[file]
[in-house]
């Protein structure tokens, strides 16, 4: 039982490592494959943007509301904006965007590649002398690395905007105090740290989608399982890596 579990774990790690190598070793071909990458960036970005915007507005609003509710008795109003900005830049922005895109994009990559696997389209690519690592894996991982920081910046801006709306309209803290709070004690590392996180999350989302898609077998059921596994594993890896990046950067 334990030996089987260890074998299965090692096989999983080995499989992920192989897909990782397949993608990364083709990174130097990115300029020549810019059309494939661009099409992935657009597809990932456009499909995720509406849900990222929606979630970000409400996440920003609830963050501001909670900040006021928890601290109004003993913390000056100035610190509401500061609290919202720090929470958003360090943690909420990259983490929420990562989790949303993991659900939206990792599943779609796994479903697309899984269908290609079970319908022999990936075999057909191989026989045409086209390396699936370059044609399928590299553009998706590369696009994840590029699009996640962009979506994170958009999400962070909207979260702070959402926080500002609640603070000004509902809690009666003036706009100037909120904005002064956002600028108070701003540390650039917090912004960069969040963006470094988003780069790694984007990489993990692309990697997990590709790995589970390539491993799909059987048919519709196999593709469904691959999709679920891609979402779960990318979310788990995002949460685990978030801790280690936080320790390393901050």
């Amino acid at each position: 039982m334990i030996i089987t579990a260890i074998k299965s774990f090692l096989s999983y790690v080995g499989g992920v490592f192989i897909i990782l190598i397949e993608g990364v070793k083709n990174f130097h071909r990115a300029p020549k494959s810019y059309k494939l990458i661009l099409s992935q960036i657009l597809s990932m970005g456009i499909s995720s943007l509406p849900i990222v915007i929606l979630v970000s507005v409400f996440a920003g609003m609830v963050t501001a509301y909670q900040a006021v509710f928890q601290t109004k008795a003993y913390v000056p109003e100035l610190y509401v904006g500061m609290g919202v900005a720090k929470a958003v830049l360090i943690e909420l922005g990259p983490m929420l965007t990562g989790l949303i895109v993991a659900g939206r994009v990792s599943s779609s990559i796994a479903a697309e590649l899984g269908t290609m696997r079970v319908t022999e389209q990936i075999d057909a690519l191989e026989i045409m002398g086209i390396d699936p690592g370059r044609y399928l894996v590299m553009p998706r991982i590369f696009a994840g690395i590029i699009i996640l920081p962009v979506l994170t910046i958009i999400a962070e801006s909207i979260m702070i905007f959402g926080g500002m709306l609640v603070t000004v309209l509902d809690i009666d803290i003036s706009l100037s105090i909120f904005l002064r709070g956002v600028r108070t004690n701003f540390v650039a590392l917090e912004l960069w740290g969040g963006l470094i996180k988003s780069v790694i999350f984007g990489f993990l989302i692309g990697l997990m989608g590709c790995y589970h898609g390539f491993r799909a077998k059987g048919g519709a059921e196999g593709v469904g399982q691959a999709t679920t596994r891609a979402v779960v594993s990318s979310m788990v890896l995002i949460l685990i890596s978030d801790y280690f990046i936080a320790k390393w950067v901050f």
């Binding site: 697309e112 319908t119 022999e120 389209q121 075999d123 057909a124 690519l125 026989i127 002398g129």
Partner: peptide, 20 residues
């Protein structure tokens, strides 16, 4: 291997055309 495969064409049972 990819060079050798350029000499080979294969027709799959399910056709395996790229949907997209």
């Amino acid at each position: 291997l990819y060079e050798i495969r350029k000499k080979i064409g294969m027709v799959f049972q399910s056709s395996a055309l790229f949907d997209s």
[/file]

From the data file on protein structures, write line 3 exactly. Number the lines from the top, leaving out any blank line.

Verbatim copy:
């Amino acid at each position: 039982m334990i030996i089987t579990a260890i074998k299965s774990f090692l096989s999983y790690v080995g499989g992920v490592f192989i897909i990782l190598i397949e993608g990364v070793k083709n990174f130097h071909r990115a300029p020549k494959s810019y059309k494939l990458i661009l099409s992935q960036i657009l597809s990932m970005g456009i499909s995720s943007l509406p849900i990222v915007i929606l979630v970000s507005v409400f996440a920003g609003m609830v963050t501001a509301y909670q900040a006021v509710f928890q601290t109004k008795a003993y913390v000056p109003e100035l610190y509401v904006g500061m609290g919202v900005a720090k929470a958003v830049l360090i943690e909420l922005g990259p983490m929420l965007t990562g989790l949303i895109v993991a659900g939206r994009v990792s599943s779609s990559i796994a479903a697309e590649l899984g269908t290609m696997r079970v319908t022999e389209q990936i075999d057909a690519l191989e026989i045409m002398g086209i390396d699936p690592g370059r044609y399928l894996v590299m553009p998706r991982i590369f696009a994840g690395i590029i699009i996640l920081p962009v979506l994170t910046i958009i999400a962070e801006s909207i979260m702070i905007f959402g926080g500002m709306l609640v603070t000004v309209l509902d809690i009666d803290i003036s706009l100037s105090i909120f904005l002064r709070g956002v600028r108070t004690n701003f540390v650039a590392l917090e912004l960069w740290g969040g963006l470094i996180k988003s780069v790694i999350f984007g990489f993990l989302i692309g990697l997990m989608g590709c790995y589970h898609g390539f491993r799909a077998k059987g048919g519709a059921e196999g593709v469904g399982q691959a999709t679920t596994r891609a979402v779960v594993s990318s979310m788990v890896l995002i949460l685990i890596s978030d801790y280690f990046i936080a320790k390393w950067v901050f």